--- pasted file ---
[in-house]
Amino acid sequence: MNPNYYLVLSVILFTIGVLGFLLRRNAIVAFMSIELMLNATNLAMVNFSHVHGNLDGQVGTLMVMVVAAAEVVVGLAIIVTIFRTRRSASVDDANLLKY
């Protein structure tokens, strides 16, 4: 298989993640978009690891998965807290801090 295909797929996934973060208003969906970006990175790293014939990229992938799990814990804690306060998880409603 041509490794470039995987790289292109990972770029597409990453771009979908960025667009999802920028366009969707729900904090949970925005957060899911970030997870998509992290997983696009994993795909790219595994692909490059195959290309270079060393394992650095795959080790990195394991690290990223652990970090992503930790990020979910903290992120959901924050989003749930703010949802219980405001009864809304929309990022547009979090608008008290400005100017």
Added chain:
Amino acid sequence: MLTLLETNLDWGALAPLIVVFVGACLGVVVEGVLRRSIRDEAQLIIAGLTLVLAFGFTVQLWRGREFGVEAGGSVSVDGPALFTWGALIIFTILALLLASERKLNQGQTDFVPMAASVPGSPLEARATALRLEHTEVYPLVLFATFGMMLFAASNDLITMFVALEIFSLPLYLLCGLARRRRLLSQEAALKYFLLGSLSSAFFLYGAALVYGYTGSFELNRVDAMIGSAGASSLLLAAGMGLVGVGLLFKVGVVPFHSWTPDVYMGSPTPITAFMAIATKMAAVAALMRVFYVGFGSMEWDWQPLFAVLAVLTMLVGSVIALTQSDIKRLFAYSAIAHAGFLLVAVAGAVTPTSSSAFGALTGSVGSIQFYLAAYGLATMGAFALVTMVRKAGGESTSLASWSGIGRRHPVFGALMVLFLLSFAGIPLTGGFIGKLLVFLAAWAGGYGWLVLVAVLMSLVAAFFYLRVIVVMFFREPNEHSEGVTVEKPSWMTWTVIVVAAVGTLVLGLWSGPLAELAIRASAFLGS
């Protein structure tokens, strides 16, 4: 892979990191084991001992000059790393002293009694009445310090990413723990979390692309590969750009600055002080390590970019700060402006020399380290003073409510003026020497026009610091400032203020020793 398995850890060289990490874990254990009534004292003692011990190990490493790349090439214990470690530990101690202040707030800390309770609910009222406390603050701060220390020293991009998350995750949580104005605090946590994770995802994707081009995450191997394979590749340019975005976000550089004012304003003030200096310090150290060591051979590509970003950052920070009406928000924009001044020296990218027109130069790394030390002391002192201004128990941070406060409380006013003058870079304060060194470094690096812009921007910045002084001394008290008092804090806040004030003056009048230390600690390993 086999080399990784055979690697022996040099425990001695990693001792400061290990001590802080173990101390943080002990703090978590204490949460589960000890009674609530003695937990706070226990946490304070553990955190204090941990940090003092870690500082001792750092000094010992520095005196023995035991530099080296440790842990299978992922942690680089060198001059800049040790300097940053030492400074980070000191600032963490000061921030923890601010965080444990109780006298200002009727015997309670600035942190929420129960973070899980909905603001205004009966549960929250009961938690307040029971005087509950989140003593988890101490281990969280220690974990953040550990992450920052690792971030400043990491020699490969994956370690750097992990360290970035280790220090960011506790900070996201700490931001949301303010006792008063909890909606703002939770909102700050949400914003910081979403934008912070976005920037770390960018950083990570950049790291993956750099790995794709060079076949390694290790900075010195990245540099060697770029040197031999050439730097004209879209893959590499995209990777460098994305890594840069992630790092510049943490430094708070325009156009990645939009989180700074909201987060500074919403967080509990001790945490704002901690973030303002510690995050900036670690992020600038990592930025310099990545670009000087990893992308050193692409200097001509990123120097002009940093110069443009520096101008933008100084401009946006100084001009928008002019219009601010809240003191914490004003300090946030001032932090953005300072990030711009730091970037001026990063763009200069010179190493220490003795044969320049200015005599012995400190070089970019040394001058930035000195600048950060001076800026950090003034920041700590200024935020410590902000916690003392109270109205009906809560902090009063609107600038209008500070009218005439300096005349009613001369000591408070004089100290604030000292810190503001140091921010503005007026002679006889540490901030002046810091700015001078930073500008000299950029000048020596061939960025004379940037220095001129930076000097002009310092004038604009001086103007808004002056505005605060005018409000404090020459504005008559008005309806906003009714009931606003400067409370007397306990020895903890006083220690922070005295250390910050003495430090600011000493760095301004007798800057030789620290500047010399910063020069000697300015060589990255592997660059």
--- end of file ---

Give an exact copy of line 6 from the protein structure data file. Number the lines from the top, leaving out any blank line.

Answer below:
């Protein structure tokens, strides 16, 4: 892979990191084991001992000059790393002293009694009445310090990413723990979390692309590969750009600055002080390590970019700060402006020399380290003073409510003026020497026009610091400032203020020793 398995850890060289990490874990254990009534004292003692011990190990490493790349090439214990470690530990101690202040707030800390309770609910009222406390603050701060220390020293991009998350995750949580104005605090946590994770995802994707081009995450191997394979590749340019975005976000550089004012304003003030200096310090150290060591051979590509970003950052920070009406928000924009001044020296990218027109130069790394030390002391002192201004128990941070406060409380006013003058870079304060060194470094690096812009921007910045002084001394008290008092804090806040004030003056009048230390600690390993 086999080399990784055979690697022996040099425990001695990693001792400061290990001590802080173990101390943080002990703090978590204490949460589960000890009674609530003695937990706070226990946490304070553990955190204090941990940090003092870690500082001792750092000094010992520095005196023995035991530099080296440790842990299978992922942690680089060198001059800049040790300097940053030492400074980070000191600032963490000061921030923890601010965080444990109780006298200002009727015997309670600035942190929420129960973070899980909905603001205004009966549960929250009961938690307040029971005087509950989140003593988890101490281990969280220690974990953040550990992450920052690792971030400043990491020699490969994956370690750097992990360290970035280790220090960011506790900070996201700490931001949301303010006792008063909890909606703002939770909102700050949400914003910081979403934008912070976005920037770390960018950083990570950049790291993956750099790995794709060079076949390694290790900075010195990245540099060697770029040197031999050439730097004209879209893959590499995209990777460098994305890594840069992630790092510049943490430094708070325009156009990645939009989180700074909201987060500074919403967080509990001790945490704002901690973030303002510690995050900036670690992020600038990592930025310099990545670009000087990893992308050193692409200097001509990123120097002009940093110069443009520096101008933008100084401009946006100084001009928008002019219009601010809240003191914490004003300090946030001032932090953005300072990030711009730091970037001026990063763009200069010179190493220490003795044969320049200015005599012995400190070089970019040394001058930035000195600048950060001076800026950090003034920041700590200024935020410590902000916690003392109270109205009906809560902090009063609107600038209008500070009218005439300096005349009613001369000591408070004089100290604030000292810190503001140091921010503005007026002679006889540490901030002046810091700015001078930073500008000299950029000048020596061939960025004379940037220095001129930076000097002009310092004038604009001086103007808004002056505005605060005018409000404090020459504005008559008005309806906003009714009931606003400067409370007397306990020895903890006083220690922070005295250390910050003495430090600011000493760095301004007798800057030789620290500047010399910063020069000697300015060589990255592997660059």